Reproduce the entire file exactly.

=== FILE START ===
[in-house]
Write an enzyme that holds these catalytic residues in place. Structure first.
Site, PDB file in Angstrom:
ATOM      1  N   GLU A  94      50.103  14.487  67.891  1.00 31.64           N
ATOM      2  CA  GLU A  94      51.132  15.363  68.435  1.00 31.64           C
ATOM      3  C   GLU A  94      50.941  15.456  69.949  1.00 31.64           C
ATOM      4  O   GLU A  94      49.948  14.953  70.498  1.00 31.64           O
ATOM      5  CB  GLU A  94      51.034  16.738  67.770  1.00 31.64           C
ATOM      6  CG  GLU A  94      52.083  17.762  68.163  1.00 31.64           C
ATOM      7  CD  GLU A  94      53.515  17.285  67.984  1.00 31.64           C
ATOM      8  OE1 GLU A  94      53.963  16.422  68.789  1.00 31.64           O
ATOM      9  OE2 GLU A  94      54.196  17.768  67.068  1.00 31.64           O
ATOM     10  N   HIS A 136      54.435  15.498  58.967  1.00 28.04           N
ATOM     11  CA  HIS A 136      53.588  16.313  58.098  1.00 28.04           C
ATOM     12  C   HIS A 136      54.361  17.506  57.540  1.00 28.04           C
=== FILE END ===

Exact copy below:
[in-house]
Write an enzyme that holds these catalytic residues in place. Structure first.
Site, PDB file in Angstrom:
ATOM      1  N   GLU A  94      50.103  14.487  67.891  1.00 31.64           N
ATOM      2  CA  GLU A  94      51.132  15.363  68.435  1.00 31.64           C
ATOM      3  C   GLU A  94      50.941  15.456  69.949  1.00 31.64           C
ATOM      4  O   GLU A  94      49.948  14.953  70.498  1.00 31.64           O
ATOM      5  CB  GLU A  94      51.034  16.738  67.770  1.00 31.64           C
ATOM      6  CG  GLU A  94      52.083  17.762  68.163  1.00 31.64           C
ATOM      7  CD  GLU A  94      53.515  17.285  67.984  1.00 31.64           C
ATOM      8  OE1 GLU A  94      53.963  16.422  68.789  1.00 31.64           O
ATOM      9  OE2 GLU A  94      54.196  17.768  67.068  1.00 31.64           O
ATOM     10  N   HIS A 136      54.435  15.498  58.967  1.00 28.04           N
ATOM     11  CA  HIS A 136      53.588  16.313  58.098  1.00 28.04           C
ATOM     12  C   HIS A 136      54.361  17.506  57.540  1.00 28.04           C